Moving abroad to work in a new job can be a very stressful experience, whether you are being transferred by your company or just decide to have an adventure in Mexico on your own. You can raise your odds of success by learning how to integrate into your new job in Mexico.
Kelly Ross of Ross Associates is an experienced leadership development and talent management expert who works primarily with expats. She knows all about successful job integration. Ross worked for global consulting giant McKinsey & Company for 10 years in 20 countries on three continents before opening her own Chicago-based consultancy.
“I work with many expats who are preparing to work in Mexico or other countries or are already working abroad and need career coaching,” Ross said. “I think at first, you need to get clear on why you want to do this and what it will do for you. Then you need to concentrate on learning about your new environment. I think there is a real value in doing lots of research before you move, although much of it may not make sense until you are actually living there.”
Ross works primarily with corporate transferees but also counsels adventurous job seekers who want to live and work in Mexico and other countries. She said corporate workers tend to have it a little easier because there usually is consistency in organizational practices worldwide, while job adventurers must deal with both work and cultural differences.
“Even with corporate consistency, though, integrating into a new work environment in a new culture can be a challenge,” she said. “It just takes longer when you are trying to integrate into a new role and you are joining a new team of people. You have to understand the nuance of your new environment.”
While working on her graduate degree at Northwestern University, Ross conducted research to help her understand what characteristics expats must possess to be successful in integrating into a new work environment and living abroad. She surveyed over 200 expats from around the world and determined that success is built on five characteristics: Being open-minded, adventurous, culturally sensitive, flexible and curious.
“I define adventurous as the desire for new experiences in work and life outside of work,” Ross said. “It is not just about the new job. Cultural sensitivity is the ability to understand the culture you will be living and working in and your ability to integrate into it. Curiosity is your interest in learning about the new culture, the new environment, the new job and the new people. Flexibility is the willingness to try new ways of doing things. In my research, some people called that adaptability. Finally, open-mindedness is the ability to look at a new environment with the desire to learn about it and see what is different, and be willing to see things differently.”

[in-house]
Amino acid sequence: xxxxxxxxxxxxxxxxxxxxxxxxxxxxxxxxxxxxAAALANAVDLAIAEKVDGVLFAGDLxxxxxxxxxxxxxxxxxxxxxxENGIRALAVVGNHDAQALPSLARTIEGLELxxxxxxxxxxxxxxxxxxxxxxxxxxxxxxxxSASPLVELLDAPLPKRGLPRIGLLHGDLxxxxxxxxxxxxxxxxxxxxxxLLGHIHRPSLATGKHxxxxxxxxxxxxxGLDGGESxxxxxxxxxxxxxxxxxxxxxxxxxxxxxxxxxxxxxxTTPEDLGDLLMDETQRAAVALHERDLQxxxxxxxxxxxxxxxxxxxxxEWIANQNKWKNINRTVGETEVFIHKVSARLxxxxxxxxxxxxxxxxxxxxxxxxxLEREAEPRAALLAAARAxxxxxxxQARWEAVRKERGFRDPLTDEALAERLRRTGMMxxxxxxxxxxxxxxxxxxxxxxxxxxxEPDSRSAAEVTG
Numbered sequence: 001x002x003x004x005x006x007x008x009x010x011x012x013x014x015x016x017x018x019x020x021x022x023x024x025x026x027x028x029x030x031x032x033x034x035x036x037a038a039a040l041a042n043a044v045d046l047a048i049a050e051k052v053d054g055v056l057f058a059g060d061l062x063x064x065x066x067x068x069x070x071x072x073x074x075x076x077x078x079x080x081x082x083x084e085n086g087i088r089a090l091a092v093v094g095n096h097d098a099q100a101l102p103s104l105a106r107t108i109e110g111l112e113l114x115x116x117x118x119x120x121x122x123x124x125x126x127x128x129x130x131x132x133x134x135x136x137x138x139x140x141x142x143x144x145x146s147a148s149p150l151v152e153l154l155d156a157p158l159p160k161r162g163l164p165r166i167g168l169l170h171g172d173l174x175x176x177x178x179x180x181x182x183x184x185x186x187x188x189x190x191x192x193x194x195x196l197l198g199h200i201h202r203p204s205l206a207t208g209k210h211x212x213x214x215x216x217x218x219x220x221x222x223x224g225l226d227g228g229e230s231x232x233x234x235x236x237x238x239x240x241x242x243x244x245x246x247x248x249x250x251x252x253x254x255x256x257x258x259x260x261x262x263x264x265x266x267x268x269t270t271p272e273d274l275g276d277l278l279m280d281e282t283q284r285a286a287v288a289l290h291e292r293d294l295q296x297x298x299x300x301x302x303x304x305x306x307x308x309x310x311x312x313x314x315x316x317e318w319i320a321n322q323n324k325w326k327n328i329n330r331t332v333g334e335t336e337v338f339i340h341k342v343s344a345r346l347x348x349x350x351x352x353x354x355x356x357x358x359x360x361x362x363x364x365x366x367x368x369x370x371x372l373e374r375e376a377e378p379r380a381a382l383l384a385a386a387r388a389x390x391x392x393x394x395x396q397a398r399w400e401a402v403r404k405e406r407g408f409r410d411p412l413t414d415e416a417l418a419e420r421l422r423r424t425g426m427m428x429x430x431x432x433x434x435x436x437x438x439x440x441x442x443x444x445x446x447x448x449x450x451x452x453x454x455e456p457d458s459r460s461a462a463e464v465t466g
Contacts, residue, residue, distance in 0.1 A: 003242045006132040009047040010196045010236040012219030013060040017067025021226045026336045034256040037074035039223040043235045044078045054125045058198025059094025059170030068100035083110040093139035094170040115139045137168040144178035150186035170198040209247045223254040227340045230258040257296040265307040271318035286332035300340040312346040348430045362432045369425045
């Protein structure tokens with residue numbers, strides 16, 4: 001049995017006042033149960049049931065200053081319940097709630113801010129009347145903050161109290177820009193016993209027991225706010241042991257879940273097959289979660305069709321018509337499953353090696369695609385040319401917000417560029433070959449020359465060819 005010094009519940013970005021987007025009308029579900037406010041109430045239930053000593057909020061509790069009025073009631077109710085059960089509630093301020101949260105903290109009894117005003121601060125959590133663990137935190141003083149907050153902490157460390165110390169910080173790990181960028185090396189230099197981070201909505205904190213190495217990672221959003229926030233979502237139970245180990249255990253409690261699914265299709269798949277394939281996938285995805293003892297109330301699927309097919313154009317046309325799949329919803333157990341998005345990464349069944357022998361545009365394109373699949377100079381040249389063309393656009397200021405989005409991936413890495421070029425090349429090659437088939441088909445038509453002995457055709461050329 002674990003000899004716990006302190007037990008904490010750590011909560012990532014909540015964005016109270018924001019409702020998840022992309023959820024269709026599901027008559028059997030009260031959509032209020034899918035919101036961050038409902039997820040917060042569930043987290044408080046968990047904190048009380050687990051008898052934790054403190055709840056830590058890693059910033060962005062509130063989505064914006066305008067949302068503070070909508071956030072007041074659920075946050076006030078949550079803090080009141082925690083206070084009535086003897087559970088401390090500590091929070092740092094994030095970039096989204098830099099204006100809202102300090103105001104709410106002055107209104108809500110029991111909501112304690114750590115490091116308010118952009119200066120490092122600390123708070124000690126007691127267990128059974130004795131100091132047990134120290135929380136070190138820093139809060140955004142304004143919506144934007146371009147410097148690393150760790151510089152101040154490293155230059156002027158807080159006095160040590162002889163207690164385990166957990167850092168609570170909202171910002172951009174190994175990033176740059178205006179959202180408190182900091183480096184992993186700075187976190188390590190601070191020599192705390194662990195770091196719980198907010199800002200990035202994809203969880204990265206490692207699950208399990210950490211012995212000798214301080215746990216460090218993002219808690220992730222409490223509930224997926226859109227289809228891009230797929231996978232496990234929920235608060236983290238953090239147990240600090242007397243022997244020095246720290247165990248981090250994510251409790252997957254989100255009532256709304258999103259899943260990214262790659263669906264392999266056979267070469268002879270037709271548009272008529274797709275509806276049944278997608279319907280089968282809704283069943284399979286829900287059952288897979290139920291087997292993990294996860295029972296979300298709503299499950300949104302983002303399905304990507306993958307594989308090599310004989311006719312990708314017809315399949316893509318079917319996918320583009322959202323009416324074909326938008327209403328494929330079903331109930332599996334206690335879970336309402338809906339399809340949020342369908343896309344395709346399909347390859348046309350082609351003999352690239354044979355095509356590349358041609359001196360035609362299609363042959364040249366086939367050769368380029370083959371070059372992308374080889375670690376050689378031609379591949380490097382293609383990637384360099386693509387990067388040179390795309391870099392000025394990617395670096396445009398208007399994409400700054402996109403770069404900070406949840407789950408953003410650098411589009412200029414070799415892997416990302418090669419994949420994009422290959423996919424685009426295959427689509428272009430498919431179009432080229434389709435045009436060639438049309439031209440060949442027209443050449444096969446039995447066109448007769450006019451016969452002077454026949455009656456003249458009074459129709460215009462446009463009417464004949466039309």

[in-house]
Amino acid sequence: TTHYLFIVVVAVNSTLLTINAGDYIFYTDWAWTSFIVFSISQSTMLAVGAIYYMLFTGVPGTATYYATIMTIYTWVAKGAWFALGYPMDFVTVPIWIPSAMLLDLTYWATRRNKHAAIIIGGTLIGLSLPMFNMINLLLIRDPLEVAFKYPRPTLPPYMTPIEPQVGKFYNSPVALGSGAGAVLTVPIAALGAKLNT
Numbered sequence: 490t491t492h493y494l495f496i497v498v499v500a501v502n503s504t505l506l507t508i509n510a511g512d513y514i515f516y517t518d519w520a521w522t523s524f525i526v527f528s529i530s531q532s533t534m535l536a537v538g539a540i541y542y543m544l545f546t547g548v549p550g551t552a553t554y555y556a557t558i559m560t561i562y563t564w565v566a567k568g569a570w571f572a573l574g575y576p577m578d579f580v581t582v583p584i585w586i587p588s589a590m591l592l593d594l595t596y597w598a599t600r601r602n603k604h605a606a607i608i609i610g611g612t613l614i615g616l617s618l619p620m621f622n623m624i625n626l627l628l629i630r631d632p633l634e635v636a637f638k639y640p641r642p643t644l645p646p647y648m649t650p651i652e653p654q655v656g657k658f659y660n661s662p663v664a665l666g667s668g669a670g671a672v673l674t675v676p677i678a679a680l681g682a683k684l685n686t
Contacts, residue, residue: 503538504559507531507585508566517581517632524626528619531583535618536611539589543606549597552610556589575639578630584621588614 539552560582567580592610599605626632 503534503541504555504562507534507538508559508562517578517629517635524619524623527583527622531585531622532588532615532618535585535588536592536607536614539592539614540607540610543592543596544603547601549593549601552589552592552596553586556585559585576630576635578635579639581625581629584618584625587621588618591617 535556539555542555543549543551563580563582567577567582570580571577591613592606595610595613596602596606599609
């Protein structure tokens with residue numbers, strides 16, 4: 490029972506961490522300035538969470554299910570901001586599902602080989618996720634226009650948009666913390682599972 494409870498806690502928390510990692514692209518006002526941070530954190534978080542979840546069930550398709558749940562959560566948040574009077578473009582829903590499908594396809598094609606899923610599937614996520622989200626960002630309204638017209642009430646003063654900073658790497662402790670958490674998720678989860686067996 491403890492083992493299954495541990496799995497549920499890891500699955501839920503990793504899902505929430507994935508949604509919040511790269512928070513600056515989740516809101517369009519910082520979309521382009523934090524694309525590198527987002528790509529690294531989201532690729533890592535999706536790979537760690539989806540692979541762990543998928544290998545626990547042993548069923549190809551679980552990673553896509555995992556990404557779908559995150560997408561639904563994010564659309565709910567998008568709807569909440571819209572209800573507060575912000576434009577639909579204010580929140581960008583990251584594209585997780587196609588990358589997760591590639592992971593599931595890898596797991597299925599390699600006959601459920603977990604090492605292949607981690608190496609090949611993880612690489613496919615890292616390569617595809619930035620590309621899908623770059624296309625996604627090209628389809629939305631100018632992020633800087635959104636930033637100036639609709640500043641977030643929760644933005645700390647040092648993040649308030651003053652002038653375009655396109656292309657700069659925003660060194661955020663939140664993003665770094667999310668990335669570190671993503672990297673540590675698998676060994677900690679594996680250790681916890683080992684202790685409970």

Ross said that the five characteristics she found are useful in helping her clients, whether they are moving to Mexico or another country.
“Part of my conversation with them is, ‘How often have you been successful in using these characteristic in other environments and how do you bring that to your new environment,” she said. “In my experience, going abroad requires us to leverage and build on the strengths we already have.”
Ross also told us that it is often the little things that trip up expats in Mexico on their way to successful integration.
“It is often little things that can become more complicated and then begin to raise stress levels,” Ross said. “Things like needing to get to the office on time each day but not knowing how to get around. If you are in a very large, crowded city like Mexico City, for example, it can really raise stress levels.”
Language can also cause stress. For corporate transferees working for American corporations who use English at all global locations, it is less of a problem. For those working for non-U.S. companies, learning Spanish usually is not an option. But Ross cautions that even if you can use English at work, cultural integration requires at least some knowledge of the local language.
Ross also believes that international job experience generally provides strong career benefits in our increasingly globalized world.
“I have learned from my own experience and my clients’ that global experience is very attractive to employers. As you think about your broader career and your resume, having lived and worked in Mexico or anywhere abroad can be a major benefit,” she said.
Ross thinks that expats who are excited about an assignment in Mexico, for example, tend to be excited about other assignments abroad, although not everyone fits every place.
“I think language really determines quite a bit,” she said. “If you are in a place where you are more fluent and successful compared to a place you struggled a bit more, it will impact your decision. In general, though, a person excited about one expat assignment tends to be excited by another. Some become so successful at both the work and cultural level that they never leave.”
But Ross admits there can be a downside if expats decide to repatriate to their home country.
“I think the returning home piece must be considered,” she said. “A lot depends on the set-up you had with your company. Did you take an assignment with an organization that guaranteed your job when you got back? Are you excited about returning to your old job after having all of these experiences? I do not think there is one answer for this. It depends on the person, the company and also the length of the assignment.”
Overall, Ross believes working in Mexico or another country can significantly enhance career success, if expats pay attention to both work and cultural integration and to the five characteristics that help create expat success.
“I would tell anyone to explore new opportunities in Mexico,” she said. “Be excited and be open to the experience. Find the job that feels like a good fit for you and just do it.”